Find, Find Next on an index, in SQL?
I prefer readable code first, followed by clever stuff if the performance drops off due to the size of data.
So learn first how to use SQL, and then start to polish and refine it. It took me 2+ years to really let go of Omnis 7 and start to use Studio & SQL so it performed better than the Omnis data file.
So hang in there and be happy that it works at this stage. I was, and still am really.
Mike Matthews, Managing Director, Lineal Software Solutions Ltd
Apple Reseller, Microsoft Partner, SQLWorks Business Partner
phone: 01271 375999 | web: lineal.co.uk | email: email@example.com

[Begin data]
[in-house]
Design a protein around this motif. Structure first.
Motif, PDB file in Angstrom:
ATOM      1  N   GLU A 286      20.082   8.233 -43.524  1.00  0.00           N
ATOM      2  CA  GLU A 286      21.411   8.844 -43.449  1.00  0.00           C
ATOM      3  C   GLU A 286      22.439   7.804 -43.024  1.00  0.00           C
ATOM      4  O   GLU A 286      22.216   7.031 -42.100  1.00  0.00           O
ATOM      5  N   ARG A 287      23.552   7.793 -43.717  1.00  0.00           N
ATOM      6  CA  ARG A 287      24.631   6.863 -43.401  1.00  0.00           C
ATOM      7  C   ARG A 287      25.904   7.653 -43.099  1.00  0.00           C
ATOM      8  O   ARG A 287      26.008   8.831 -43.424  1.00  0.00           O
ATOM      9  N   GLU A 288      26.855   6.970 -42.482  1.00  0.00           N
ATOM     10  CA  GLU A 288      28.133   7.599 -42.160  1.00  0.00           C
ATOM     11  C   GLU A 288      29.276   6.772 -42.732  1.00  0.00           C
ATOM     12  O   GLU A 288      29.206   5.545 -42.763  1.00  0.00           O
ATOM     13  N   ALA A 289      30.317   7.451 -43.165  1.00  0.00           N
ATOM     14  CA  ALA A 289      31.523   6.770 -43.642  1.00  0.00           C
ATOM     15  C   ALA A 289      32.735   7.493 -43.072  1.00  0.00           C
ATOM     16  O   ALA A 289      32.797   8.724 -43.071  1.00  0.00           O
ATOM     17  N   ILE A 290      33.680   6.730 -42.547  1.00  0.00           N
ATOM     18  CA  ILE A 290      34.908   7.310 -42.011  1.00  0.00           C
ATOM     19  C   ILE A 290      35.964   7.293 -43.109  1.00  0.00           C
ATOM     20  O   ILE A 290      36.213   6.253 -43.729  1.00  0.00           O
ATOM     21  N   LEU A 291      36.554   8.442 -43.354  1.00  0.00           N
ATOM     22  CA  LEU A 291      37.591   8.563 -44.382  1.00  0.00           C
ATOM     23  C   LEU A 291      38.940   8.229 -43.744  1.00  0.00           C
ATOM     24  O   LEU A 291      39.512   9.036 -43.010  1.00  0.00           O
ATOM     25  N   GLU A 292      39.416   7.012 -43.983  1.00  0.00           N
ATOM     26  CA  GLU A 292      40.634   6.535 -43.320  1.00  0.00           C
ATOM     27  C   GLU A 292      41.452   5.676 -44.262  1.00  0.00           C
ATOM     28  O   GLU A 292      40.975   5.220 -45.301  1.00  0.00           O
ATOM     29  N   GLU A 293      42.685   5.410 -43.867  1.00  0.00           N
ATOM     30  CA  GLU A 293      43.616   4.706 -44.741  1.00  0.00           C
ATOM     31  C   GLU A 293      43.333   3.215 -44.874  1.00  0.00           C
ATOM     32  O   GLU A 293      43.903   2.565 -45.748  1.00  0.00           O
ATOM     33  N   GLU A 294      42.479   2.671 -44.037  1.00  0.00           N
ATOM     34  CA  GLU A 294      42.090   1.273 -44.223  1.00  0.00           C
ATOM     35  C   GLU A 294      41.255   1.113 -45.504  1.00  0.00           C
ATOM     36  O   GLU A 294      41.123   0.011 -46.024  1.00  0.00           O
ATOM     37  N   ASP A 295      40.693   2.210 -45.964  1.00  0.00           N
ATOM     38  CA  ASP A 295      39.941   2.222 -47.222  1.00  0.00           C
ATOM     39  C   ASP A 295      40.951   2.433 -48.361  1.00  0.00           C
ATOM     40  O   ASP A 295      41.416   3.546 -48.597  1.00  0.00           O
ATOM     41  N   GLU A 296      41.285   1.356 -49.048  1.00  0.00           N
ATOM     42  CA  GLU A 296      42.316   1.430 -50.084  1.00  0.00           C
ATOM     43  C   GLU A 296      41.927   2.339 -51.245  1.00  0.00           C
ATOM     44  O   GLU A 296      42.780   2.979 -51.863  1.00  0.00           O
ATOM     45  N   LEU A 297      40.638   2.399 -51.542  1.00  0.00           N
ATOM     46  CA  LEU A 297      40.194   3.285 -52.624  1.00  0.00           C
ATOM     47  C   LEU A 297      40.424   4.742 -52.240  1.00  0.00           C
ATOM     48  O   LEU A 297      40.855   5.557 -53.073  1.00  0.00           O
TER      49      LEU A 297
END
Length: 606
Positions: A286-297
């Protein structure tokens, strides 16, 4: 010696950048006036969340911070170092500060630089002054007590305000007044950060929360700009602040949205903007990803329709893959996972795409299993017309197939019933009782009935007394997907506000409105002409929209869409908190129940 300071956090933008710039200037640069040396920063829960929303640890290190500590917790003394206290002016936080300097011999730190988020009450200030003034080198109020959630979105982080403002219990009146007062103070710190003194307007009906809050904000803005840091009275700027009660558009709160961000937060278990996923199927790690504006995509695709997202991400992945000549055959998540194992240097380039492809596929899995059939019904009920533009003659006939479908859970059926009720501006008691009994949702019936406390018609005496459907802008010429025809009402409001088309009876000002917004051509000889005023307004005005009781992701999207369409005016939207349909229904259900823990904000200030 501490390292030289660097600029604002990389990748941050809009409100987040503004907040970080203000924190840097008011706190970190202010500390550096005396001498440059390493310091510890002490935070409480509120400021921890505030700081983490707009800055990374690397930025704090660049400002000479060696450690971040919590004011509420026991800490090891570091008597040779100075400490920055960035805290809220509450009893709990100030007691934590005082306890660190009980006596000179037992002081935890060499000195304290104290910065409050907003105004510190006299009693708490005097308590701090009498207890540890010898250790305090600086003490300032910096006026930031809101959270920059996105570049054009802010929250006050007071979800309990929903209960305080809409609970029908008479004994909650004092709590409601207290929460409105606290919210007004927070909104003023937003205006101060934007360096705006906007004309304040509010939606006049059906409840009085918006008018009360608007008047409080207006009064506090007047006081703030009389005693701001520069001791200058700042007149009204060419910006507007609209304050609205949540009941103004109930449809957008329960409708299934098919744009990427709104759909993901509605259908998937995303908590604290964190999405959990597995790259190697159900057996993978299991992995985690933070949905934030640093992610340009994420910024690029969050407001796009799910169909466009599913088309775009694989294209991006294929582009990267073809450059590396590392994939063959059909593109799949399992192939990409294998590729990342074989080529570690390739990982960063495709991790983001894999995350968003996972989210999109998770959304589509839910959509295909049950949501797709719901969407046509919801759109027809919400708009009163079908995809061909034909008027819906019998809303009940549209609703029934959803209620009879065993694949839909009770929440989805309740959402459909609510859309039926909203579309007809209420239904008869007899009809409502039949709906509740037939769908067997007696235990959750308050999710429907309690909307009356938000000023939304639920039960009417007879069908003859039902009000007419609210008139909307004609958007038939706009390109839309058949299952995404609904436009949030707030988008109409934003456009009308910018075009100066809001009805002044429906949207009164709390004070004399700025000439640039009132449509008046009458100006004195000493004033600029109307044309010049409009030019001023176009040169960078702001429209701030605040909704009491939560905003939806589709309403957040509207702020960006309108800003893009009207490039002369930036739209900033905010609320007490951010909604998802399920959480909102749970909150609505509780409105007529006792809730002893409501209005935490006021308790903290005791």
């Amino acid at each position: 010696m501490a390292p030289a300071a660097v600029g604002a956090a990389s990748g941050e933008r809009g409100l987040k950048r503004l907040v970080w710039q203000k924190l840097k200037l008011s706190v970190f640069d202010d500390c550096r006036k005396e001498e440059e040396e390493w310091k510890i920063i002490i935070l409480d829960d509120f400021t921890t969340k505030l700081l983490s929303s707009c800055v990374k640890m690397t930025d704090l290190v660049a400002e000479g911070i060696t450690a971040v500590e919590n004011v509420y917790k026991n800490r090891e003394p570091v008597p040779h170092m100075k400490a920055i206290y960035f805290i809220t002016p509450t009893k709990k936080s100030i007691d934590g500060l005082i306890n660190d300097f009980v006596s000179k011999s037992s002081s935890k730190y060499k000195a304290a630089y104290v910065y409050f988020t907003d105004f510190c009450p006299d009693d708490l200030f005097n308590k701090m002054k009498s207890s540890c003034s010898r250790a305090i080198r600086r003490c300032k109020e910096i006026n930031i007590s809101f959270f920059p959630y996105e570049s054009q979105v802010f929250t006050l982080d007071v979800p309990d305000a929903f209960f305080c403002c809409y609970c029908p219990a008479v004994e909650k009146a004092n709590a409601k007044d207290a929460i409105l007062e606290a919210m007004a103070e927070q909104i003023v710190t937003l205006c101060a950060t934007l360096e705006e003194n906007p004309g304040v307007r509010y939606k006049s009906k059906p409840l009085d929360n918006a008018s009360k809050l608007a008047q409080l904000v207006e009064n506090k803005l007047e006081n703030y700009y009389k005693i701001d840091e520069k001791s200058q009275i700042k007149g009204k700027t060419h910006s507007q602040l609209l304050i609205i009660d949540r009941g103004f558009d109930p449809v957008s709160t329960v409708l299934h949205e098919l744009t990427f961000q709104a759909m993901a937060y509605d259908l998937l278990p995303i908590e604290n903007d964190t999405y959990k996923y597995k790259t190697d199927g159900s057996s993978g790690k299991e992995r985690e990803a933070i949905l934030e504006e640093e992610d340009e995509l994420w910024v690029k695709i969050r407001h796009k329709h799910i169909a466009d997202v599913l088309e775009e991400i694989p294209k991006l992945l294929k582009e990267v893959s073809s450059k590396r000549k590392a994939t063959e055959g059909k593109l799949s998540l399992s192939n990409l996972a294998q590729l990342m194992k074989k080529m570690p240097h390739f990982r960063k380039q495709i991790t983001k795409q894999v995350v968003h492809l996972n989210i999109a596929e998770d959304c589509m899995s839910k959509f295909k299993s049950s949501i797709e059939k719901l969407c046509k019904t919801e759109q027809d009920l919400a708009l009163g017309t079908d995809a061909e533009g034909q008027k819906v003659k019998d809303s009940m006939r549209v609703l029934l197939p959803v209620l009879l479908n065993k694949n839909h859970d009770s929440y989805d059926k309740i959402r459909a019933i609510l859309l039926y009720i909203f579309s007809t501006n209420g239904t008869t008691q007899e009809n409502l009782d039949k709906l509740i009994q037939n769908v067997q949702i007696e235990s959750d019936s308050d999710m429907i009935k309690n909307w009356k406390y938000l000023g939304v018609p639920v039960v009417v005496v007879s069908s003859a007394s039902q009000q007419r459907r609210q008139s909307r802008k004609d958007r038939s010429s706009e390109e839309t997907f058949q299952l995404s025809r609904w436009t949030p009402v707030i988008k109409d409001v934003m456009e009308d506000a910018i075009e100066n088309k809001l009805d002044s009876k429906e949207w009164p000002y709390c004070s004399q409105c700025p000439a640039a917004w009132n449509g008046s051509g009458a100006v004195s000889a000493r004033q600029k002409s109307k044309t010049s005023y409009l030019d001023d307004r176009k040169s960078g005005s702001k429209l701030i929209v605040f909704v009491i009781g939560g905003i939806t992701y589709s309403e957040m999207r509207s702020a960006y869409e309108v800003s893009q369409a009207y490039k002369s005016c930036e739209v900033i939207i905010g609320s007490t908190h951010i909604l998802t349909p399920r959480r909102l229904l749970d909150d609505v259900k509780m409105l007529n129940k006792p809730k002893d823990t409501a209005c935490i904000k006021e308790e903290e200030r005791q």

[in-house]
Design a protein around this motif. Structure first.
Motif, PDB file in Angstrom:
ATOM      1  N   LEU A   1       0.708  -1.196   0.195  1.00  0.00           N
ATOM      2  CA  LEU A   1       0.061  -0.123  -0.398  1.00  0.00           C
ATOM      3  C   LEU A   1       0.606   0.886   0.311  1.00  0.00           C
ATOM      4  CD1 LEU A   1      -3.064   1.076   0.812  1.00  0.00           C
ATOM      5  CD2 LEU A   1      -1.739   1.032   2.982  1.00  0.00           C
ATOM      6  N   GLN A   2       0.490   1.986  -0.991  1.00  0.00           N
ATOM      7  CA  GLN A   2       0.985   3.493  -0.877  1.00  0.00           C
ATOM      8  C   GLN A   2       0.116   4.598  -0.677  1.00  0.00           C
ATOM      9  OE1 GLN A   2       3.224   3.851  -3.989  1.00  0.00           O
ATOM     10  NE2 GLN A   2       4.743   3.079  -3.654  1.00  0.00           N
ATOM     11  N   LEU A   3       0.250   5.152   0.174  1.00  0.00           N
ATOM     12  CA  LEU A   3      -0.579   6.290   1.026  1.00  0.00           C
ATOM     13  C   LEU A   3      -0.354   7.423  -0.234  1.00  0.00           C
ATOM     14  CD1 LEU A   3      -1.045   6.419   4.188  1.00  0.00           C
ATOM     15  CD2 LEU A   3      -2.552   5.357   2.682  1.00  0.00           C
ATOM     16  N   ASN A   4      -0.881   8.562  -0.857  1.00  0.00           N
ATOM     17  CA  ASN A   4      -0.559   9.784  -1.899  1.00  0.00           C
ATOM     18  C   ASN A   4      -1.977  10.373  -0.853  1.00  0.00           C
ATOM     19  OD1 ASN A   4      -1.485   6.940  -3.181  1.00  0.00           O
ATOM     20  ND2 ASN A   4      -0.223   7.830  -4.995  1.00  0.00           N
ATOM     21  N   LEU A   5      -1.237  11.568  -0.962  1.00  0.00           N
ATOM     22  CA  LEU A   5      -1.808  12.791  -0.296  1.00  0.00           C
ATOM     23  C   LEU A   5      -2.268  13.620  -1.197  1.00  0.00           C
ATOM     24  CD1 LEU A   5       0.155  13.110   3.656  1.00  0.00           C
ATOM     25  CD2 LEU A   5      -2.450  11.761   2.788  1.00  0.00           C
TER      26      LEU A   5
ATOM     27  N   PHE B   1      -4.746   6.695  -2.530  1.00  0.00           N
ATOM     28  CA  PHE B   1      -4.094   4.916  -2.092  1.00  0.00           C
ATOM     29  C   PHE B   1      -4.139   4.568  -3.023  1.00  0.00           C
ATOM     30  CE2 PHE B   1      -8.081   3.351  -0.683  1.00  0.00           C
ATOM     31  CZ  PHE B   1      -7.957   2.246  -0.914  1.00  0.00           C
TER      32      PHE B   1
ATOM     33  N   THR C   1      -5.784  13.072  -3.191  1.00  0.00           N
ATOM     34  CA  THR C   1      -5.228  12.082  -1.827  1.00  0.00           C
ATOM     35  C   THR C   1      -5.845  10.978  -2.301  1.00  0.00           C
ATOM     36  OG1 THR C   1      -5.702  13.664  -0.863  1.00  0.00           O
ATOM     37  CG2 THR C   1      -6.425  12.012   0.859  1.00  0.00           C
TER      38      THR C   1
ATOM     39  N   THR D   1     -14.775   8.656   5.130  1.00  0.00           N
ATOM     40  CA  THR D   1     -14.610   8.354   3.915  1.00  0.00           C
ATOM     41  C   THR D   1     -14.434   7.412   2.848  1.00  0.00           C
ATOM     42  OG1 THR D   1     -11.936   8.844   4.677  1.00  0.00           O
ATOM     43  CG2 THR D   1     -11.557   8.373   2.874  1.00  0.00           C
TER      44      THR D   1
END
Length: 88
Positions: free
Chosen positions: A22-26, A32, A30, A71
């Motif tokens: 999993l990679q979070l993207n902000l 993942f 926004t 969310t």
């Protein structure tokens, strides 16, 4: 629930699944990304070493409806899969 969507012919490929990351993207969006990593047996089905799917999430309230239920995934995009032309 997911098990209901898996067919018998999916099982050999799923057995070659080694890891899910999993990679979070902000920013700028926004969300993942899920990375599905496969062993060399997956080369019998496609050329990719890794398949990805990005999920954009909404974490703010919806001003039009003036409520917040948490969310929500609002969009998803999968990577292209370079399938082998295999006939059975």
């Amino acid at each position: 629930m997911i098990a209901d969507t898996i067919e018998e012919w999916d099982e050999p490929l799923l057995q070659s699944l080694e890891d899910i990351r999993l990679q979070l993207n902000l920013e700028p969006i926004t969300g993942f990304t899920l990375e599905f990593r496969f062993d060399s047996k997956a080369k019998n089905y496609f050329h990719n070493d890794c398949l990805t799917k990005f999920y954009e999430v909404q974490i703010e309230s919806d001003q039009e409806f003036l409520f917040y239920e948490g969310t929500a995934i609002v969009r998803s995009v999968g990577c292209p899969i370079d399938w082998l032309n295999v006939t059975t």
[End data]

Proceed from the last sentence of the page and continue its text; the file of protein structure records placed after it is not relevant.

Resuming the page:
> On 6 Feb 2018, at 20:42, Alex Clay <firstname.lastname@example.org> wrote:
>> On Feb 6, 2018, at 15:34, Das Goravani <email@example.com> wrote:
>> Others are telling me strongly to avoid LIKE because it does a whole table search. I like LIKE because it does just what I want, I don’t like whole table searches. I’m not sure who is right, you or them, when it comes to like. Thank you for this clarification below.
> There are plenty of ways to optimize your database queries. I tend to worry about making the code work, then worry about tuning for performance. Of course, don’t write needlessly poor code. Quite the opposite—code that’s clean and east to test and maintain is far better than a tightly optimized pile of spaghetti.
> I don’t know what the size of your datasets or the specs on your servers are. We’ve used ILIKEs for character searches for 15+ years without performance issues.
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